This volume brings together a collection of selected (and revised) articles that were presented at the 11th Learning and Technology Conference held by Effat University in Jeddah, Saudi Arabia, in February 2014. The conference is an annual event that explores the latest research and practice in innovative technologies and their impact on education. The contributions to this volume are all authored by practicing academics and research students, with the central theme the realisation that learning and teaching are strongly influenced by technology and innovation. Schools, colleges and academic institutes took the lead in harnessing this technology and created innovative opportunities for learning that did not exist before, one of which being the field of e-Learning. One of the latest innovations in education is the introduction of Massive Open Online Courses (MOOCs), which represents an interesting development in the use of technology and innovation by providing opportunities for learning to massive numbers of students (regardless of their location) at almost no cost. This phenomenon is subject to a great deal of analysis in this book, and will provide an interesting read for students, teachers, decision makers and ordinary people. A particular strength of this book is that the contributors are drawn from, and represent, a number of cultural backgrounds, which provides a range of insights that is often missing from other publications on such important subjects.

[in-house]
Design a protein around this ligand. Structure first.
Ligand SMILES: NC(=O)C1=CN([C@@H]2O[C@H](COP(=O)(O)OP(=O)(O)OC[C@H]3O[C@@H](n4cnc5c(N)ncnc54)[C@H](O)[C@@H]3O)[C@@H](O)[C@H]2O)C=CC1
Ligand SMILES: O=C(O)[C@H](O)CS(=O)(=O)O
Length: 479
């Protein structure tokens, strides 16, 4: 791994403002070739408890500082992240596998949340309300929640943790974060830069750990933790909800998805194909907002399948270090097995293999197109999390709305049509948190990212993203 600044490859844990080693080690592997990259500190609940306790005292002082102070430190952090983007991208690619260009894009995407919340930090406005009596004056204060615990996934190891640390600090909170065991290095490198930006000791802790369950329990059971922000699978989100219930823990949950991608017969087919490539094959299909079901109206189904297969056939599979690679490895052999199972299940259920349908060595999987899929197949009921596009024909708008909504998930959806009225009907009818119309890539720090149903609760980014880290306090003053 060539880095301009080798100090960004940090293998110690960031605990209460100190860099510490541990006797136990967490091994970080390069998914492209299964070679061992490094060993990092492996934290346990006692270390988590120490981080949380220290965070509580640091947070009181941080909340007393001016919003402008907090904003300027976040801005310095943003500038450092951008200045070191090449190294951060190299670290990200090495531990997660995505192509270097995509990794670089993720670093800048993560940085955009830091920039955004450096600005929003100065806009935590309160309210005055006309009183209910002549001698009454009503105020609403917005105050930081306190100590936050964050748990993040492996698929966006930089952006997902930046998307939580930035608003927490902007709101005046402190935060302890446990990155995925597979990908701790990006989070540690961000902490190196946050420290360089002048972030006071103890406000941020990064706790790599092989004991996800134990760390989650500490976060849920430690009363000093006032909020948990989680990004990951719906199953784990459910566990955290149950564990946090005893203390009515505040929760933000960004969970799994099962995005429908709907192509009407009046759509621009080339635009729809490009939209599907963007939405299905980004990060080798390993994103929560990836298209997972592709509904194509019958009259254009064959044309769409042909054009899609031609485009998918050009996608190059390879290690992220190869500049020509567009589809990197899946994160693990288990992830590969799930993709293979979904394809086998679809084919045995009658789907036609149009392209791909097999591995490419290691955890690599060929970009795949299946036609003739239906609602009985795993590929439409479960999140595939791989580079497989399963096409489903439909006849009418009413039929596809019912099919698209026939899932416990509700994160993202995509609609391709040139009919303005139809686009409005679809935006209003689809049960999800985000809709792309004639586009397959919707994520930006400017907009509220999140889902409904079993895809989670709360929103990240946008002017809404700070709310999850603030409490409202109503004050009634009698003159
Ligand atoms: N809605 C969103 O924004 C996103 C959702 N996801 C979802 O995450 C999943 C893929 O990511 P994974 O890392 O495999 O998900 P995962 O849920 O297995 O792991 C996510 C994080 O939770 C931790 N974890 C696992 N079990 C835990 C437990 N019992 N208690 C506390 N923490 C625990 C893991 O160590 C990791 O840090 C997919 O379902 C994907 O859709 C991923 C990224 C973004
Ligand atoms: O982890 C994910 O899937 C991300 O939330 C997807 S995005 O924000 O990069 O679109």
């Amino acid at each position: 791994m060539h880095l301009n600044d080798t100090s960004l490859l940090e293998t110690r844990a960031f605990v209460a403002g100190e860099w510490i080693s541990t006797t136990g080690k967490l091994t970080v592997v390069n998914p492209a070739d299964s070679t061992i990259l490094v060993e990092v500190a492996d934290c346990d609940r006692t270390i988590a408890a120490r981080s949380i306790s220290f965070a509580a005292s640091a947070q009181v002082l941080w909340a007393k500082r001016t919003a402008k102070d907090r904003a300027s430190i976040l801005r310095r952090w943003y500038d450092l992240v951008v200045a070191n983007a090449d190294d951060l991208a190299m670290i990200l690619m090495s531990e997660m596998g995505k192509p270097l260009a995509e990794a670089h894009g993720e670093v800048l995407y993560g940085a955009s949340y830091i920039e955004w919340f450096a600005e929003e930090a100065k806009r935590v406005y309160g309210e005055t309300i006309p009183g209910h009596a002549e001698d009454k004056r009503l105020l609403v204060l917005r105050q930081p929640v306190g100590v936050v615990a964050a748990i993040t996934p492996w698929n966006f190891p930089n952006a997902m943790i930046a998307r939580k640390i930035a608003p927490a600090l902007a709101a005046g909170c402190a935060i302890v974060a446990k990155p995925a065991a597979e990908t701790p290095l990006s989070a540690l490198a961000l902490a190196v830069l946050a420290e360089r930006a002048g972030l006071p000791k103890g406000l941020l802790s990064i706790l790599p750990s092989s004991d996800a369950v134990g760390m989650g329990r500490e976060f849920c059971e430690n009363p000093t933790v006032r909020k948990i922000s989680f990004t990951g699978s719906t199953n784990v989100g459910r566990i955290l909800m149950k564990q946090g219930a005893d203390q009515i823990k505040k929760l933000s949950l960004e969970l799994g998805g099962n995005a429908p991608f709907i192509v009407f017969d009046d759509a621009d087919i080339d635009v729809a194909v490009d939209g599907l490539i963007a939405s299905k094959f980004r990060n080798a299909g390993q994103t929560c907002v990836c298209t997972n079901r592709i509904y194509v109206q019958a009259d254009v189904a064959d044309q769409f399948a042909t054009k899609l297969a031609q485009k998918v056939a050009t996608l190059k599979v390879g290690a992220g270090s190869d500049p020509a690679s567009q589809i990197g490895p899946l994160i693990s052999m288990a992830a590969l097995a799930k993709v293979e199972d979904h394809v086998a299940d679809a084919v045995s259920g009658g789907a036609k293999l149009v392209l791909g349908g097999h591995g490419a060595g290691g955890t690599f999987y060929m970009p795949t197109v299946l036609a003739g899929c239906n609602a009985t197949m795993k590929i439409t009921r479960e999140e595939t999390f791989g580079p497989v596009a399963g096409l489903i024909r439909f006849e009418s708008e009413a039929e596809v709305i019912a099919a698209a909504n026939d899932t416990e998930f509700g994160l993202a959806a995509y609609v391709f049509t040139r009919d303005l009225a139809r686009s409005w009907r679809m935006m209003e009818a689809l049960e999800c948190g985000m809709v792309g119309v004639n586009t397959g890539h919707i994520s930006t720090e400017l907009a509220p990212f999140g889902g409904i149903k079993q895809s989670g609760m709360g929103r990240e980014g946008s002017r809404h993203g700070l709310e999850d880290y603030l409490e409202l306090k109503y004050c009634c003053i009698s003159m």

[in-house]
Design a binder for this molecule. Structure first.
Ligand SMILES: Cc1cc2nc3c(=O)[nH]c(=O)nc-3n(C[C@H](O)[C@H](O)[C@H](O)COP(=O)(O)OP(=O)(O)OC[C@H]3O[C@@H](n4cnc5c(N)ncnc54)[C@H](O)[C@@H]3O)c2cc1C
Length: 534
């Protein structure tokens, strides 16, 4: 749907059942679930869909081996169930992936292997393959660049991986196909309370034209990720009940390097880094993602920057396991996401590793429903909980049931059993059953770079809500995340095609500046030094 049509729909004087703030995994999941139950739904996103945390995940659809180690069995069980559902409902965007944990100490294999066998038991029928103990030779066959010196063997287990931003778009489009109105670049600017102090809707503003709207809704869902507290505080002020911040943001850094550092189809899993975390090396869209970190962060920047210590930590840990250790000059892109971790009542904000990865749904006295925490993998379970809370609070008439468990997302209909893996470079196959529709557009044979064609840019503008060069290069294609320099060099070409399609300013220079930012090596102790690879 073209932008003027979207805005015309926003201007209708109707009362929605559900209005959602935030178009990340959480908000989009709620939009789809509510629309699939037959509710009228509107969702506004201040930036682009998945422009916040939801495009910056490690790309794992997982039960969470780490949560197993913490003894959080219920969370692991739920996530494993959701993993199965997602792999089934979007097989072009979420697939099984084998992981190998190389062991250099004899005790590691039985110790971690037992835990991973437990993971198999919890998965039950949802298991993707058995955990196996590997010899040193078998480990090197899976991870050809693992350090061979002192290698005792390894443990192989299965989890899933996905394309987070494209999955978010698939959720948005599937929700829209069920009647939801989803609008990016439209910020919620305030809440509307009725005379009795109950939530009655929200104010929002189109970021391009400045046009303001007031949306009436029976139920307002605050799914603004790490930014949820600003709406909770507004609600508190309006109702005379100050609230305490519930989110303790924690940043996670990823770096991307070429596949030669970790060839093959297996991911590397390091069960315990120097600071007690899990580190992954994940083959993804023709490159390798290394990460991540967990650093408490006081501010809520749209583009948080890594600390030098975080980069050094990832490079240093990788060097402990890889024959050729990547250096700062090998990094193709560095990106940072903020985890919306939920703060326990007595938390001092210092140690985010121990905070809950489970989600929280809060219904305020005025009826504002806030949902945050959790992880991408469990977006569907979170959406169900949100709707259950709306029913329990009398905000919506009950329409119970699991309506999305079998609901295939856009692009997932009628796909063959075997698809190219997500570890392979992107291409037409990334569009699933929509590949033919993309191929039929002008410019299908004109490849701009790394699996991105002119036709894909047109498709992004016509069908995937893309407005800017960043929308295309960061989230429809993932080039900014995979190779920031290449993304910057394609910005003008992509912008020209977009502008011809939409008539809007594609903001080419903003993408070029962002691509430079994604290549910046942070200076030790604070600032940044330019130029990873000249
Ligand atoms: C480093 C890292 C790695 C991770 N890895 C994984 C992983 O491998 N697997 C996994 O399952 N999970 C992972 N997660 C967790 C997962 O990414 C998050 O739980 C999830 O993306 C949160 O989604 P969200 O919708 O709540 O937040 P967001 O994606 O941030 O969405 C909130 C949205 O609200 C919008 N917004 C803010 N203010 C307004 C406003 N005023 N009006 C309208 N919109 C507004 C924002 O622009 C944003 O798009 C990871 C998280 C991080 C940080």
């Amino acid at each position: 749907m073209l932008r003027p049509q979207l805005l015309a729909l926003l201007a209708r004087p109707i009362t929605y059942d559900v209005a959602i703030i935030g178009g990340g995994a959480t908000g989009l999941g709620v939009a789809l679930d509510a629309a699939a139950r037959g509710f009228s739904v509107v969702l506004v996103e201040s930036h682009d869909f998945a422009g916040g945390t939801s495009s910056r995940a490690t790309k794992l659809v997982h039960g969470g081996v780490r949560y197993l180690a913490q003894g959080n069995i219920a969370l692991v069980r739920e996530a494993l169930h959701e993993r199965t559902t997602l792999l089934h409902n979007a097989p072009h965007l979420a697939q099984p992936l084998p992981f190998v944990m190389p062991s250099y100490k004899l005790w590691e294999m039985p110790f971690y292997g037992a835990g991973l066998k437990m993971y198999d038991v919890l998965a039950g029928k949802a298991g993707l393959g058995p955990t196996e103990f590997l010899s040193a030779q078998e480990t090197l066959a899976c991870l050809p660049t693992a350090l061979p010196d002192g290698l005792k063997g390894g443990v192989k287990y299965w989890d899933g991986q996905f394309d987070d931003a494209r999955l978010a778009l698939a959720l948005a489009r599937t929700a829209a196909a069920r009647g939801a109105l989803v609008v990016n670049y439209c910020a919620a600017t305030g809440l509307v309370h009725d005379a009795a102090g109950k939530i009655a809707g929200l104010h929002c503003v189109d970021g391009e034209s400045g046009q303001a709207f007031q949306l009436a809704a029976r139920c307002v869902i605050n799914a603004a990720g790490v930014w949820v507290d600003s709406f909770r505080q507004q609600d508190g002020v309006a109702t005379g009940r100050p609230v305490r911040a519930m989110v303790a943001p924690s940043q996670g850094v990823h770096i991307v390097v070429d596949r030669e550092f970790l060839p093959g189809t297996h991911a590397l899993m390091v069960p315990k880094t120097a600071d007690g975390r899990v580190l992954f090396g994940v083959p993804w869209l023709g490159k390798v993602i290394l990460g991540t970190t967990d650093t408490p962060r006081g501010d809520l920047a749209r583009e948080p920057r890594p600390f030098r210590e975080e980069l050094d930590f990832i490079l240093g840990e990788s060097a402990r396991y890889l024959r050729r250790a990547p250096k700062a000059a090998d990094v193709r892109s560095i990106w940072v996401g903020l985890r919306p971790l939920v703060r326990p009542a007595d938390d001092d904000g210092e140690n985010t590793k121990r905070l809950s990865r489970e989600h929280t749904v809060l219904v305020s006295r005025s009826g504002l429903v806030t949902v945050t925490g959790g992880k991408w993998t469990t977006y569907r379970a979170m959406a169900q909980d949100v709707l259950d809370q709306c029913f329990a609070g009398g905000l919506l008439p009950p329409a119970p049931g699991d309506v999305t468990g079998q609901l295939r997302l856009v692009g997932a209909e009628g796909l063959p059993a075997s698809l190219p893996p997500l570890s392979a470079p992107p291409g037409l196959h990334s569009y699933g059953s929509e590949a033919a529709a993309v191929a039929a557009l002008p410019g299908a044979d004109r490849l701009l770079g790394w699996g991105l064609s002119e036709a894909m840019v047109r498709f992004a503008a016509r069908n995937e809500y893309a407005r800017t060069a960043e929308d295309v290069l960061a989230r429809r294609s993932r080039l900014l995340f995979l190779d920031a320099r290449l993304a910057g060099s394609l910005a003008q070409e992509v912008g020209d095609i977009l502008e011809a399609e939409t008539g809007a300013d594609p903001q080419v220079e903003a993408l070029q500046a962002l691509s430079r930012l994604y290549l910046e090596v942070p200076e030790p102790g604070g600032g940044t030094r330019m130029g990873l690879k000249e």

• Human-computer interaction
      June 2011

      Simulation-based Medical Training

      A User-Centred Design Perspective

      by Author(s): Erik Lövquist